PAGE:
Dodgers beat Cubs on Will Smith’s walk-off single in 10th

The Dodgers’ late-game rally against the Chicago Cubs began Friday night after their starting pitcher blocked home plate.

After trailing three runs, the Dodgers completed a 4-3 win in walk-off fashion and won their fifth straight game at Will Smith’s RBI single by the end of the 10th game.

And if Tyler Anderson’s block of home plate hadn’t been about an hour earlier, it might never have happened.

In the sixth inning, Anderson gave up a two-run double against the Cubs’ Ian Happ to extend the visitors’ early 1-0 lead to 3-0.

Two batters later, Happ was at third base when Seiya Suzuki slammed a chopper back toward the mound. Happ made contact. But Anderson catches the ball cleanly to catch it in a rundown.

After several throws in the pickle, Smith pulled up the third baseline and Anderson covered home plate. When Anderson received a throw from third baseman Justin Turner, Happ was still a few steps away and seemed as good as out.

Dodgers pitcher Tyler Anderson flags down the Cubs' Ian Happ on home plate in the sixth inning on July 8, 2022.

Dodgers pitcher Tyler Anderson knocks out the Cubs’ Ian Happ in a home plate collision in the sixth inning.

(Ashley Landis/Associated Press)

Nonetheless, Happ dropped his shoulder and worked his way into Anderson’s midsection. The pitcher captured the day. He then angrily punched Happ in the back as the Cubs runner fell to the ground.

By then, the Cubs were in control.

But after the home plate fight between Happ and Anderson, which gave up three runs in a seven-inning start, the Dodgers finally came to life.

They scored a run in the sixth after Freddie Freeman doubled and hit on the right flank on a dropped fly ball by Suzuki. They were within one in seven thanks to Jake Lamb’s first home run as a Dodger.

By the end of the ninth game, the Dodgers had finally made it 3-3 thanks to a base-laden sacrifice fly from Mookie Betts that almost left the stadium.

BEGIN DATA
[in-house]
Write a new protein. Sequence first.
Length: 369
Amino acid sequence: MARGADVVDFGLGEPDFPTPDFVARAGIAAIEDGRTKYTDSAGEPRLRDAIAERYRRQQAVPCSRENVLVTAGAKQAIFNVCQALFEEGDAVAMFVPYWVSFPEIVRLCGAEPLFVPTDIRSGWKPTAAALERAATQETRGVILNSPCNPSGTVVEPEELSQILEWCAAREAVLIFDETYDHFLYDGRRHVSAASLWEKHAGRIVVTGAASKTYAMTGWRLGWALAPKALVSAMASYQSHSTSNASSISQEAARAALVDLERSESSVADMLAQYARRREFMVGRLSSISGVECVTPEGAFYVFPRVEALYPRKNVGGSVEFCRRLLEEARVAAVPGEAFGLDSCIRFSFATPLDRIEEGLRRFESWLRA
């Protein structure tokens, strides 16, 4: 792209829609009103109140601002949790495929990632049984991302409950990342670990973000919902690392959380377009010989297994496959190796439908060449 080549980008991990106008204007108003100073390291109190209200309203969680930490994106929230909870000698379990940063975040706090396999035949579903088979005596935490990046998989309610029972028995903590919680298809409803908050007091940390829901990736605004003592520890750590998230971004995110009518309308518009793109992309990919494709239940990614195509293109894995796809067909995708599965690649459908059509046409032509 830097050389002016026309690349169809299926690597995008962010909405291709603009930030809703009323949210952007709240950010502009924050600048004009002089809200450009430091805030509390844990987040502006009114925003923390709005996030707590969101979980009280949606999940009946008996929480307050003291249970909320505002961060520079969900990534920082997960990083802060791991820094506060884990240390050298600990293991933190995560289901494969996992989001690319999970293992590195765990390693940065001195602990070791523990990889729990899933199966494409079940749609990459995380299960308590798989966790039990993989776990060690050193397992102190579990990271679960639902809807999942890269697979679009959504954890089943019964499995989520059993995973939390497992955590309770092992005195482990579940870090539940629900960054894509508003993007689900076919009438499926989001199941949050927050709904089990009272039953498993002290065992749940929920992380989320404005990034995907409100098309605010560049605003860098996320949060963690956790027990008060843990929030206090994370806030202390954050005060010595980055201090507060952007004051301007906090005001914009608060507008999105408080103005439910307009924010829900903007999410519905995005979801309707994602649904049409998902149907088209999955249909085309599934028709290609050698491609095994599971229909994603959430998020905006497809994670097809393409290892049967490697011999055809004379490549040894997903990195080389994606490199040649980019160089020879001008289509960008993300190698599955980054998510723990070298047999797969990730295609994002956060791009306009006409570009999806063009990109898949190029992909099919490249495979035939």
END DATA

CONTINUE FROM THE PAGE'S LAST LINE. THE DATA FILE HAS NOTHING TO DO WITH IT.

At the end of the 10th, Smith walked away and lined a 2-and-2 fastball from Cubs relief Rowan Wick to the left for an RBI single.

It was the Dodgers’ second walkoff win at that homestand, winning eight of nine games.

Dodgers pitcher Tyler Anderson throws during the second inning on July 8, 2022.

Dodgers pitcher Tyler Anderson gave up three runs in seven innings. He gave up five hits, hit four and missed none.

(Ashley Landis/Associated Press)

Brusdal Graterol avoids injuries

After leaving Thursday’s game early with a side cramp, Brusdar Graterol felt better on Friday and doesn’t need to be put on the injury list, according to manager Dave Roberts.

“[In] start playing, he let it rip,” Roberts said. “He’s in a good place.”

Roberts said the team is releasing Graterol on Friday, but more because of recent use than injury concerns.

“He’s great in terms of his physical condition,” said Roberts.

It was good news for the Dodgers, who have been conceding a more prominent role to Graterol lately following several other injuries in the bullpen.

While Graterol has a 3.52 ERA this season, he’s been excellent lately, giving up just two runs in his last 14 innings.

Craig Kimbrel is looking for consistency

Craig Kimbrel is still the Dodgers’ closer.

But questions about his inconsistent form over the past two months continued to intensify on Friday, a day after he failed to complete the ninth inning of a save opportunity due to a high pitch count.

“The inconsistencies, given who he is, I think we’re all surprised by that,” Roberts said.

Kimbrel’s outing Thursday increased his season ERA to 4.82 and walks plus hits per inning (WHIP) to 1.54, both of which are the worst among any Dodgers pitcher with at least 10 appearances this season.

After starting his season with eight goalless performances in his first nine games, the right-hander has now given up at least one run in 11 of his last 21.

Roberts said Kimbrel’s biggest problem this year has been command of the curveball.

A two-pitch pitcher throughout his career, Kimbrel had increasingly relied more on his curveball and less on his fastball in the upper 90s in recent seasons. Last year he threw the curveball more than 40% of the time, a personal high.

This season, however, his commitment and effectiveness on the field have plummeted. He now only throws it 33.5% of the time. There will also be fewer outs and puffs.

“The form is different on almost every throw and there’s a lot of non-competitive misses with the breaking ball,” Roberts said. “That’s going to increase your pitch count and obviously put you in some counts you don’t want to be in. I think that’s something we need to work together to leverage and find some consistency.” Dodgers beat Cubs on Will Smith’s walk-off single in 10th

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